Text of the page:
On June 25, a jury in the U.S. District Court in Indianapolis found Breakers Unlimited, Noblesville, Ind., guilty of purchasing and selling counterfeit Schneider Electric, Palatine, Ill., QO circuit breakers. The counterfeit circuit breakers, all bearing trademarks registered to Square D, were discovered by Schneider Electric during the prosecution of its lawsuit against Breakers Unlimited and were sold by Breakers Unlimited in 2005 and 2006. The amount of damages to be awarded and the scope of an injunction restricting Breakers Unlimited's continued involvement in the market where counterfeit circuit breakers are bought and sold have yet to be decided by the court.
“This lawsuit is one example of Schneider Electric’s ongoing commitment to preventing counterfeiting and protecting its customers, trademarks and designs,” says Bill Snyder, vice president, channel development, Schneider Electric. “We continue to lead the industry in pursuing counterfeiters up and down the distribution chain because we are dedicated to preserving the integrity of our products and protecting people from the serious health and safety hazards associated with counterfeit products. Through our efforts in this lawsuit and others like it, we have kept more than 250,000 potentially hazardous counterfeit goods out of the marketplace.”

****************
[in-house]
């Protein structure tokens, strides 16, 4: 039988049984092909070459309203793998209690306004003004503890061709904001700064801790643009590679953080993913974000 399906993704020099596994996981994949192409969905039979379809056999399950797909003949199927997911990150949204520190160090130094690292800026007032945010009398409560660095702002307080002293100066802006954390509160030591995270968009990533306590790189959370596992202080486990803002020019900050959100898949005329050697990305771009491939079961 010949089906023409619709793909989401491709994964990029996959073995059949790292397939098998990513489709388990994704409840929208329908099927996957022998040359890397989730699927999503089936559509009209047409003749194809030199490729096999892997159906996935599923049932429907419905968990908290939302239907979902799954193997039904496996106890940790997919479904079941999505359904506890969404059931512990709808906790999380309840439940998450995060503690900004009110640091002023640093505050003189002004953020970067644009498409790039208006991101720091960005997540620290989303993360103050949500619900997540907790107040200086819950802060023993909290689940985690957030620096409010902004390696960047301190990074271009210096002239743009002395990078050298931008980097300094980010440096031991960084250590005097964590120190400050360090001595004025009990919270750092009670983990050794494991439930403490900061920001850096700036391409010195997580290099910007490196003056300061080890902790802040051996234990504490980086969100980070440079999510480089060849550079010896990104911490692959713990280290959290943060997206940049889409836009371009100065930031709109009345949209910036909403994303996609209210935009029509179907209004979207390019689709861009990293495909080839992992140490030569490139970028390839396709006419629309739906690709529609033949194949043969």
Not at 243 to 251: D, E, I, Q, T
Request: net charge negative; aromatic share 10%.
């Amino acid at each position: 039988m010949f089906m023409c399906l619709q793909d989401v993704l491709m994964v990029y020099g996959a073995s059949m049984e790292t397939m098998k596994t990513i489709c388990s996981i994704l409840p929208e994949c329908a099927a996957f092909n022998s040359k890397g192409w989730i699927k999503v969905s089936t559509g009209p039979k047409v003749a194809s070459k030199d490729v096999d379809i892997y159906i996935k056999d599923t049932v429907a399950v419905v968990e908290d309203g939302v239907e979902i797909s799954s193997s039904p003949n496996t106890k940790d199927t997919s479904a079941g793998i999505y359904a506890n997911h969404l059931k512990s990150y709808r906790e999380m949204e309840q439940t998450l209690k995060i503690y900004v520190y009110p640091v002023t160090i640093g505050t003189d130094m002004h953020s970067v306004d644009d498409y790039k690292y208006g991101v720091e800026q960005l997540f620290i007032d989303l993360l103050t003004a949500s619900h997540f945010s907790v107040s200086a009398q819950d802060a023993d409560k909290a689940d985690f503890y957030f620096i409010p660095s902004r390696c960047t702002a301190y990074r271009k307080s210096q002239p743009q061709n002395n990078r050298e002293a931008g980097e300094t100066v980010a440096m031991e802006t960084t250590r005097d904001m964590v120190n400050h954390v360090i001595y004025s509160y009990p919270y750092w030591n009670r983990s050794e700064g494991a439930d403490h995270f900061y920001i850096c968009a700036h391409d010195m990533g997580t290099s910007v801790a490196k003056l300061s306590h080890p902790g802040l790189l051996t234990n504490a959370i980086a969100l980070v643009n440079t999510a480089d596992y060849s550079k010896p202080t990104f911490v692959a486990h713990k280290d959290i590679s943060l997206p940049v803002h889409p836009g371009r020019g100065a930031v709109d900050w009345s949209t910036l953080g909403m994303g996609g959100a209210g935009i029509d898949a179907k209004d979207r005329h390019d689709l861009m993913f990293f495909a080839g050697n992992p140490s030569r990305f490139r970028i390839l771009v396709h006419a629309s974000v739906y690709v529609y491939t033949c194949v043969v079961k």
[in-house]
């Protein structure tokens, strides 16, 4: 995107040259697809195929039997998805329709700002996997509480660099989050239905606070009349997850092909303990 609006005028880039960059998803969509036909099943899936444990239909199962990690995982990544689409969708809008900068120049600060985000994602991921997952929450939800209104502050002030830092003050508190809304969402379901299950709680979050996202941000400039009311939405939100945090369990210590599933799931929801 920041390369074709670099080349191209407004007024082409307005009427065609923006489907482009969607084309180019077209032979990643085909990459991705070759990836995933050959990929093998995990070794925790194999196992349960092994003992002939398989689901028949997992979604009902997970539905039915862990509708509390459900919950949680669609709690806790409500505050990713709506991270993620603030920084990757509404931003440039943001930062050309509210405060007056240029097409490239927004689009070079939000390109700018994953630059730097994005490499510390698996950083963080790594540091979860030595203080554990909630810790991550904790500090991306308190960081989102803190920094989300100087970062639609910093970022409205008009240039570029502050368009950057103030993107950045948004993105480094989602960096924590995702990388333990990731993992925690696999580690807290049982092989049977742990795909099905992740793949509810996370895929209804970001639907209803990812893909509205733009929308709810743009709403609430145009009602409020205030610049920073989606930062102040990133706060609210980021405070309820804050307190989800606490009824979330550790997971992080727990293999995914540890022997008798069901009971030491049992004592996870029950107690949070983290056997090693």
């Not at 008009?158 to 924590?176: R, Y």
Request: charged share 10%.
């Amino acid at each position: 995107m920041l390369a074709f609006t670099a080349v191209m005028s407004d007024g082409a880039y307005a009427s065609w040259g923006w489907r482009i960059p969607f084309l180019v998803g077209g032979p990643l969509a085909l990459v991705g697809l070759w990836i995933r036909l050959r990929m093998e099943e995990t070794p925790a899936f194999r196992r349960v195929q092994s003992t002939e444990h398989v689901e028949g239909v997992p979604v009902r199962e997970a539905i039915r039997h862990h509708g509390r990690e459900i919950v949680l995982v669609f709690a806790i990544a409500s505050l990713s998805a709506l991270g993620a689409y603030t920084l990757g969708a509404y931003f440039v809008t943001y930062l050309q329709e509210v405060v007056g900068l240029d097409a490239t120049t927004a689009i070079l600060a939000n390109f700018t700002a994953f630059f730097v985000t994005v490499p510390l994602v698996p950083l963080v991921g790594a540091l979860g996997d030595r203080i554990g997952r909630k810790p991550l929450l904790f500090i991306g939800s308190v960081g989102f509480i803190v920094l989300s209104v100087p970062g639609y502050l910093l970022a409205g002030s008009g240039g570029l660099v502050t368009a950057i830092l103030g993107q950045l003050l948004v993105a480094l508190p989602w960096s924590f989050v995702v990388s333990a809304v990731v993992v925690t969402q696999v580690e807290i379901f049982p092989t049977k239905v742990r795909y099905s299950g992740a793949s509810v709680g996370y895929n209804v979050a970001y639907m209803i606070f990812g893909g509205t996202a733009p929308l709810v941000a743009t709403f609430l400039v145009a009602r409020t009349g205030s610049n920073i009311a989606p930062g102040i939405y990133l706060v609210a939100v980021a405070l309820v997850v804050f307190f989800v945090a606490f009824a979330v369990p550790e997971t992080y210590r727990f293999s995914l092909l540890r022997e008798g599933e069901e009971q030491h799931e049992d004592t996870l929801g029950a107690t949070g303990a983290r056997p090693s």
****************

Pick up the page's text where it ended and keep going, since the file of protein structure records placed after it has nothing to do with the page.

Breakers Unlimited is concerned about the incursion of counterfeit products, according to a statement to its customers on its Web site. "In addition to being illegal, it is ethically wrong to misrepresent these products," the statement reads. "We pledge to our customers that all new circuit breakers we sell are authentic and certified by UL and/or CSAUL as applicable. We take great care in provisioning our inventory and all circuit breakers are inspected for authenticity upon arrival at our warehouse."